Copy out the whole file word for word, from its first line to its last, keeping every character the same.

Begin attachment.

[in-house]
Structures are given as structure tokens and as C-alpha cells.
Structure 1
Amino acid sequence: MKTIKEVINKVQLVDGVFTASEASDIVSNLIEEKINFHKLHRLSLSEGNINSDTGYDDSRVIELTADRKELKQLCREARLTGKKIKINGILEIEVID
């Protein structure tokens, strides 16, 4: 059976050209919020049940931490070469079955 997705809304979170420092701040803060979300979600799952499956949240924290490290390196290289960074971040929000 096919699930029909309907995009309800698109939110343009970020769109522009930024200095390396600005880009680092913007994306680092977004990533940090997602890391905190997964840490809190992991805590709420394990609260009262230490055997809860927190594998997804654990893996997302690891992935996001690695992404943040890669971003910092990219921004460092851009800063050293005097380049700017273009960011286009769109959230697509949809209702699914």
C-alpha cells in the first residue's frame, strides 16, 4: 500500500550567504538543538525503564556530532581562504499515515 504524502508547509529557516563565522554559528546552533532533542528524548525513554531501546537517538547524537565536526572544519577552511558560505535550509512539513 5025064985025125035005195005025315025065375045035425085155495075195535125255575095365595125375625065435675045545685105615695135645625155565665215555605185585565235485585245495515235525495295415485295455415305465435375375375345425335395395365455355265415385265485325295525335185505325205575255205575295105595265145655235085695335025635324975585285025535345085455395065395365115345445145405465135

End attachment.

[in-house]
Structures are given as structure tokens and as C-alpha cells.
Structure 1
Amino acid sequence: MKTIKEVINKVQLVDGVFTASEASDIVSNLIEEKINFHKLHRLSLSEGNINSDTGYDDSRVIELTADRKELKQLCREARLTGKKIKINGILEIEVID
């Protein structure tokens, strides 16, 4: 059976050209919020049940931490070469079955 997705809304979170420092701040803060979300979600799952499956949240924290490290390196290289960074971040929000 096919699930029909309907995009309800698109939110343009970020769109522009930024200095390396600005880009680092913007994306680092977004990533940090997602890391905190997964840490809190992991805590709420394990609260009262230490055997809860927190594998997804654990893996997302690891992935996001690695992404943040890669971003910092990219921004460092851009800063050293005097380049700017273009960011286009769109959230697509949809209702699914």
C-alpha cells in the first residue's frame, strides 16, 4: 500500500550567504538543538525503564556530532581562504499515515 504524502508547509529557516563565522554559528546552533532533542528524548525513554531501546537517538547524537565536526572544519577552511558560505535550509512539513 5025064985025125035005195005025315025065375045035425085155495075195535125255575095365595125375625065435675045545685105615695135645625155565665215555605185585565235485585245495515235525495295415485295455415305465435375375375345425335395395365455355265415385265485325295525335185505325205575255205575295105595265145655235085695335025635324975585285025535345085455395065395365115345445145405465135